OmniVision’s New OV6211 Sensor Bring 3µm Pixels to the Table for Gesture Controls

April 2, 2014 - Written By Nick Sutrich

Gesture Controls are something of a paradox in and of themselves.  They’ve been on people’s minds ever since Tom Cruise started waving his arms around to control an entire computer system, but at the same time their implementation this far has been less than stellar.  Sometimes gestures work great, as we’ve seen in some examples on Microsoft’s Kinect 2.0 for the Xbox One, and other times they fall flat on their proverbial faces.  Samsung has been the big pusher of gestures in the mobile space, and they really haven’t done it any better than anyone else.  Sure it’s cute to be able to wave your hand over your phone to answer it when your fingers are coated in BBQ sauce, but real-life usage scenarios are few and far between for most of these cases, and most people just end up turning them off to save that precious battery life.  OmniVision, who is a leading manufacturer of digital imaging sensors and powers CMOS sensors in devices like the HTC One and Google’s crazy Project Tango, has unveiled a new sensor that might help with both of these problems in the future.

The new sensor is the OV6211, and it features a resolution of 400×400 pixels with some seriously massive 3µm pixels.  Just to put this in perspective most phone sensors nowadays ship with somewhere around 1.5µm-sized pixels, and the HTC One’s Ultrapixel camera has 2µm sized pixels.  With pixels this big the device is going to take in a rather large amount of light, giving more accuracy to the images produced and therefore better gesture controls by nature.  Given the resolution of the sensor this isn’t going to be used in anything outside of gesture controls, eye tracking, depth and motion detection or biometrics uses.  The sensor also features ultra-low 15µA power modes and always-on capabilities, with the ability to only wake from the ultra-low power sleep mode when changes in light are detected.  The sensor also uses a global shutter to capture images, giving it significantly more accurate imaging in low-light and fast-moving situations.  Given that people aren’t going to be waving their hands around in slow motion, this sort of technology needs to be accurate in the harshest conditions.  When will we see these sensors in phones?  Not likely until at least Fall, and even then that’s probably pushing it, so 2015 is probably the first time we’ll actually see this in a production device.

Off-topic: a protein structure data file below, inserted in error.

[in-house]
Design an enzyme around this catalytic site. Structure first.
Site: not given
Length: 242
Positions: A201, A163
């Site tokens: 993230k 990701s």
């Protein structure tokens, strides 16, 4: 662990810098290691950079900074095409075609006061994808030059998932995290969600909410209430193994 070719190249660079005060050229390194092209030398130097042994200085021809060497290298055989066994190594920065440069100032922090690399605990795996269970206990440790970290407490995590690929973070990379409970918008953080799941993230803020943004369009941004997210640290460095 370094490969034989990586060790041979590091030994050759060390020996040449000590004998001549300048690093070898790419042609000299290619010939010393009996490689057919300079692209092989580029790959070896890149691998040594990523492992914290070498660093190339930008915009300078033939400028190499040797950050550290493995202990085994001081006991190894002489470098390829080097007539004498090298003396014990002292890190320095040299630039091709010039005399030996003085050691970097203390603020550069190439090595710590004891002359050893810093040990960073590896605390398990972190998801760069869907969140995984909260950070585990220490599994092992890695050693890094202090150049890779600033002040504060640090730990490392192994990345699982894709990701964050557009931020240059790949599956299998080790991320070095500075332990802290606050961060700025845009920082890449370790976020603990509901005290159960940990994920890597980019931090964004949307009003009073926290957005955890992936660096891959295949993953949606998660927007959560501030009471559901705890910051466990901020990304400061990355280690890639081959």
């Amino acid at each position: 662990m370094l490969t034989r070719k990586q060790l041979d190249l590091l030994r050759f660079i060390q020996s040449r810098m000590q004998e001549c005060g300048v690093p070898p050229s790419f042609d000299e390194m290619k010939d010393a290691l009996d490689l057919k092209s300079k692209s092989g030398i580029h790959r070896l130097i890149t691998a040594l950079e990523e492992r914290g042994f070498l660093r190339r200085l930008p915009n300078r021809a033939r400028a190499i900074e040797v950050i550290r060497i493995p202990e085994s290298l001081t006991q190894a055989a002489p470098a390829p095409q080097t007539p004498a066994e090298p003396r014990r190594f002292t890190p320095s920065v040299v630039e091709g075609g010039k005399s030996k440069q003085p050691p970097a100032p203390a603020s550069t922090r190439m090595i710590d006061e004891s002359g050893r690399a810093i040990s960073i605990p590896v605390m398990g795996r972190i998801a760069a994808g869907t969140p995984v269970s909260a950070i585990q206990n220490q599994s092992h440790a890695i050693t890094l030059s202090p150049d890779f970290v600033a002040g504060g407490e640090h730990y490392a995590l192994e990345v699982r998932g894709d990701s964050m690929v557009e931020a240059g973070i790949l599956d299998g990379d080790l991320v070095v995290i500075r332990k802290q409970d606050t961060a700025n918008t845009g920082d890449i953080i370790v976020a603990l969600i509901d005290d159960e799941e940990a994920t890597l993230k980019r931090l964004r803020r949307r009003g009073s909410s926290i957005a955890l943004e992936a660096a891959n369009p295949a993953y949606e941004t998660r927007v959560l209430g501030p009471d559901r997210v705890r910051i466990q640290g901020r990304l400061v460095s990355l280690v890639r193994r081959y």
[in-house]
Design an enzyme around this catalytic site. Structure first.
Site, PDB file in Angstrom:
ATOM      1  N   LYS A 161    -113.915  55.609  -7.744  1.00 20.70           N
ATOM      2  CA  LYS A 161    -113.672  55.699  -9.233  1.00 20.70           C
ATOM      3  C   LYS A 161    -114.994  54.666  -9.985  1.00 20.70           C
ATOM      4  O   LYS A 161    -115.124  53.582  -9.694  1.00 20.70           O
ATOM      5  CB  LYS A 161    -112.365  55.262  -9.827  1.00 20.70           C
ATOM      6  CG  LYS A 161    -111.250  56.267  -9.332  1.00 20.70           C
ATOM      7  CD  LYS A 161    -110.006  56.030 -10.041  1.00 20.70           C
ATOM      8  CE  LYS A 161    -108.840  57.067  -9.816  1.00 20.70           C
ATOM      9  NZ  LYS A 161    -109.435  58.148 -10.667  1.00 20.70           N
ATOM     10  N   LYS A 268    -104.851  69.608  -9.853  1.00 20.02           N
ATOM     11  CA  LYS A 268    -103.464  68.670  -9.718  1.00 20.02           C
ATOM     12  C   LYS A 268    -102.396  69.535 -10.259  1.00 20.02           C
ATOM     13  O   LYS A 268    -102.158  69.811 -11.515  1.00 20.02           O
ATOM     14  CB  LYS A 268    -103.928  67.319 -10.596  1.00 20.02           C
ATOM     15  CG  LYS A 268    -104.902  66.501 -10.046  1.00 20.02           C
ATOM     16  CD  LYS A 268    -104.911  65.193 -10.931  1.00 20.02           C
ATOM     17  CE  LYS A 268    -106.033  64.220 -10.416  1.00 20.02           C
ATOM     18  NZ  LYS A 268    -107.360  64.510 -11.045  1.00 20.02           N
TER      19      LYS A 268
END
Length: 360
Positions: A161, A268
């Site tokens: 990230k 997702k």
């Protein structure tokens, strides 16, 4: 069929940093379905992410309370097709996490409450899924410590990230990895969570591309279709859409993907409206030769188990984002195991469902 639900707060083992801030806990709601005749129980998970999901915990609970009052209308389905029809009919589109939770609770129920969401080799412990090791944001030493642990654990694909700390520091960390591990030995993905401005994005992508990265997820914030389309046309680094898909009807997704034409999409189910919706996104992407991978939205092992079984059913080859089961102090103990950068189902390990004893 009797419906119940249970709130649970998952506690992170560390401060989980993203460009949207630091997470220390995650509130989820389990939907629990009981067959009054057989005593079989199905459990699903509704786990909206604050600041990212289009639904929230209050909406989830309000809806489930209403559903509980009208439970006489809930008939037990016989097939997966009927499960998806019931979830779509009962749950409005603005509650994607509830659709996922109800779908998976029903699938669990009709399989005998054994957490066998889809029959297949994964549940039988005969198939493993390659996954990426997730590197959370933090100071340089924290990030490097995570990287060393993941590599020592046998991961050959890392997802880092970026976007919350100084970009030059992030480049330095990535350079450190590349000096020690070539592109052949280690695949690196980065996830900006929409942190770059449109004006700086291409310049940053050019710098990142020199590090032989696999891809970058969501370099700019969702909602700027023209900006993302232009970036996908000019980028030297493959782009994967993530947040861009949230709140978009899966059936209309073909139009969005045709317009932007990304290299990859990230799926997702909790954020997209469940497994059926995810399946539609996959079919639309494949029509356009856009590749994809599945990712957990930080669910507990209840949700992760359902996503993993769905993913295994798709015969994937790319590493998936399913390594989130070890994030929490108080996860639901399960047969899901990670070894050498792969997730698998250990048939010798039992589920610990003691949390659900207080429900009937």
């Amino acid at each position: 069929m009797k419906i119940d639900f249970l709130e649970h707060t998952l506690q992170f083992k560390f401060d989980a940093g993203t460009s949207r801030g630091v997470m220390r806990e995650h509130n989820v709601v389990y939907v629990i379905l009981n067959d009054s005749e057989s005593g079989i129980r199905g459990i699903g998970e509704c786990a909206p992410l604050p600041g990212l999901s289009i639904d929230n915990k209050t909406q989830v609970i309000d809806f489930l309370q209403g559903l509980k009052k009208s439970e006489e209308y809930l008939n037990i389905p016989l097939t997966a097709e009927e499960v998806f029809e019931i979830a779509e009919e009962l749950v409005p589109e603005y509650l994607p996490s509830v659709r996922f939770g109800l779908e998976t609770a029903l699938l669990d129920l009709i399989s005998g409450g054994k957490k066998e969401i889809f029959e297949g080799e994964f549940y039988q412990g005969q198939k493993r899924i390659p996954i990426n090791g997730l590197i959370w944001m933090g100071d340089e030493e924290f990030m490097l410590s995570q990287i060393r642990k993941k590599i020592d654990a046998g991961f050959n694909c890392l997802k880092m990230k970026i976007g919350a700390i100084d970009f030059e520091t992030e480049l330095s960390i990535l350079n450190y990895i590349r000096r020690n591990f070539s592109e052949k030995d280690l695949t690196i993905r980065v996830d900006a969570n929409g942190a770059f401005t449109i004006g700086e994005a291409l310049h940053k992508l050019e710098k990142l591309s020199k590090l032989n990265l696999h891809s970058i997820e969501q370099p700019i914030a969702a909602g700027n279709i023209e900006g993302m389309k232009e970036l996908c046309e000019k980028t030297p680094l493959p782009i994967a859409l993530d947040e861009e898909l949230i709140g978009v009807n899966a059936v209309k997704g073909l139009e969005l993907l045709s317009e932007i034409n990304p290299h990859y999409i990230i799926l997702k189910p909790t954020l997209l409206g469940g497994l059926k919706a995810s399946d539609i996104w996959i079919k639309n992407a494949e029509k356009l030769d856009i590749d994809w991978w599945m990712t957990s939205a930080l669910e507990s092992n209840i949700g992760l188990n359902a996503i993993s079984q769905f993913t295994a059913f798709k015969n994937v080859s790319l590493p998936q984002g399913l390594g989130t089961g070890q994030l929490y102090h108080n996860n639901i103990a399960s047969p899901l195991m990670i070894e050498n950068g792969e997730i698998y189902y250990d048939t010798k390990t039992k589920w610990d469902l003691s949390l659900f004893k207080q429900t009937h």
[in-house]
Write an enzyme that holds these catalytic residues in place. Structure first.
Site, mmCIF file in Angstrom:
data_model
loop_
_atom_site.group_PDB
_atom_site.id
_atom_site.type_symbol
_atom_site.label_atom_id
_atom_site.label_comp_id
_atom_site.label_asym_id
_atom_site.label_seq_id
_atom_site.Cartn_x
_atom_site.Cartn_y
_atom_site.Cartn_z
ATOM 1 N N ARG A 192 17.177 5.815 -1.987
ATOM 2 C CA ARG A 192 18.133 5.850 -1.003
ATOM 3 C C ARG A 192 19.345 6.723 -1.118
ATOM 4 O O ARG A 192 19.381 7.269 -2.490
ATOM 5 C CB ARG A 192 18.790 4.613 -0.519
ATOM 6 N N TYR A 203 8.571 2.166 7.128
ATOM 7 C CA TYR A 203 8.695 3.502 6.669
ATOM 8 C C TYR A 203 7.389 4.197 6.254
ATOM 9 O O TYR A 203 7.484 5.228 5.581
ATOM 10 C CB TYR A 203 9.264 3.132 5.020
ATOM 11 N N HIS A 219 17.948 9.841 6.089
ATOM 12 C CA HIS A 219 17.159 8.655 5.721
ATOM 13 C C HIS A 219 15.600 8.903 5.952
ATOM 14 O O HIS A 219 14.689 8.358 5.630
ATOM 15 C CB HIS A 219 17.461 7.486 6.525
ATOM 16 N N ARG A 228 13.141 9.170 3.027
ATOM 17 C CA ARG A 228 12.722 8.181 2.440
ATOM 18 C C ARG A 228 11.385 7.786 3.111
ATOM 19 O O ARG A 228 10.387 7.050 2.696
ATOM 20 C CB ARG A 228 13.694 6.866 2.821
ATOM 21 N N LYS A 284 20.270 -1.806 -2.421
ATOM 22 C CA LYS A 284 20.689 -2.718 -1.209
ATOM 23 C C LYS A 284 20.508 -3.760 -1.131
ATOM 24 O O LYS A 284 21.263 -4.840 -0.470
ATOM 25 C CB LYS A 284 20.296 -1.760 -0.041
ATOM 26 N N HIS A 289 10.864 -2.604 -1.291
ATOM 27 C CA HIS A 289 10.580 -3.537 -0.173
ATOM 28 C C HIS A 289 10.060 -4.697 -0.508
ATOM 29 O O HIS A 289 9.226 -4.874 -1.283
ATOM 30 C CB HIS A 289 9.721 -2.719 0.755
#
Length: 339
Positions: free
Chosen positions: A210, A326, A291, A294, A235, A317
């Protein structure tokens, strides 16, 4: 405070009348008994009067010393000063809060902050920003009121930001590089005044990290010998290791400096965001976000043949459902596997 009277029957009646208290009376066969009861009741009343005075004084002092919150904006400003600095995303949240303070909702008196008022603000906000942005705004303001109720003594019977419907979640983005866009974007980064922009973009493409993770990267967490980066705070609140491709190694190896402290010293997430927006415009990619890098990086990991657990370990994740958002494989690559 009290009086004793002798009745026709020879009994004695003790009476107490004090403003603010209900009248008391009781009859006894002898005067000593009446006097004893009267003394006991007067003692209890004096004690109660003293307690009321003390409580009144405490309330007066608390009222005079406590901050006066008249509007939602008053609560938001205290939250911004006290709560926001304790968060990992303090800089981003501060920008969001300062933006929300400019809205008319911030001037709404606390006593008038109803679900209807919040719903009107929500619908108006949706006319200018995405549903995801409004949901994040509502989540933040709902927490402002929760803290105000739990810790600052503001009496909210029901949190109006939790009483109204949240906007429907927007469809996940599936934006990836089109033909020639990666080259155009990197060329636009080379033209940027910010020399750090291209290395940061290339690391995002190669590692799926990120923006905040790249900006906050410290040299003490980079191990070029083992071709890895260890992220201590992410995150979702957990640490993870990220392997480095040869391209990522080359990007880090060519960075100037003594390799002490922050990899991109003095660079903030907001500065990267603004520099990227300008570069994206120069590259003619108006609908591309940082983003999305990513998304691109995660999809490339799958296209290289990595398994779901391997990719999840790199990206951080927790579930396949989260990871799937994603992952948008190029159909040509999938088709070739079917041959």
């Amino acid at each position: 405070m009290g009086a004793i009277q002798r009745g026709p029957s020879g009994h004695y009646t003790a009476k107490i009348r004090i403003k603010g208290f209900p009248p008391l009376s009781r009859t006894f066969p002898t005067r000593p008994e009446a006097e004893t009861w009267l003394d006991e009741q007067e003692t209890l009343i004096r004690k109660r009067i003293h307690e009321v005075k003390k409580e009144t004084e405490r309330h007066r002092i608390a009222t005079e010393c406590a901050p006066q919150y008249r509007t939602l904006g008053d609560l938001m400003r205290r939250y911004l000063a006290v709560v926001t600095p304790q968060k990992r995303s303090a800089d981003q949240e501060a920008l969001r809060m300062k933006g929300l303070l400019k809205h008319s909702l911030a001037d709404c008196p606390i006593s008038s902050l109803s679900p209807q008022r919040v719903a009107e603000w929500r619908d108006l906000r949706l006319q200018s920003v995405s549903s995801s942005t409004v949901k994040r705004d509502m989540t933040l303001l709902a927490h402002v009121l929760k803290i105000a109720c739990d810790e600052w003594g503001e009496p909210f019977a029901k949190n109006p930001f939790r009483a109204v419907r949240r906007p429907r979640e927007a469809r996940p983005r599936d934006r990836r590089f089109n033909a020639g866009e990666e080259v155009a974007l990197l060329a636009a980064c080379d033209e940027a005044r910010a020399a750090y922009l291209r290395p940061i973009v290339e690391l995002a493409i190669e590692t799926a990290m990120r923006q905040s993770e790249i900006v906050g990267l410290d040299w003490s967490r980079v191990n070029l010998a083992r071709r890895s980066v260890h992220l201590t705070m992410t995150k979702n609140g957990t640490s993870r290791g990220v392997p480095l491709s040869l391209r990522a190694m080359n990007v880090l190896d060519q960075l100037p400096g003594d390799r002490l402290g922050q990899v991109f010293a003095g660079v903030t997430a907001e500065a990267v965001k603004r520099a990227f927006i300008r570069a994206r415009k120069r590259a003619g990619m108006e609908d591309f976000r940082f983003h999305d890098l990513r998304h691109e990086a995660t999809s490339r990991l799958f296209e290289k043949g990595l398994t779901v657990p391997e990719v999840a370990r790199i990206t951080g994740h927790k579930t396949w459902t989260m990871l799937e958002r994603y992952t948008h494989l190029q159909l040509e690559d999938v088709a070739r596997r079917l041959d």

ov6211 block diagram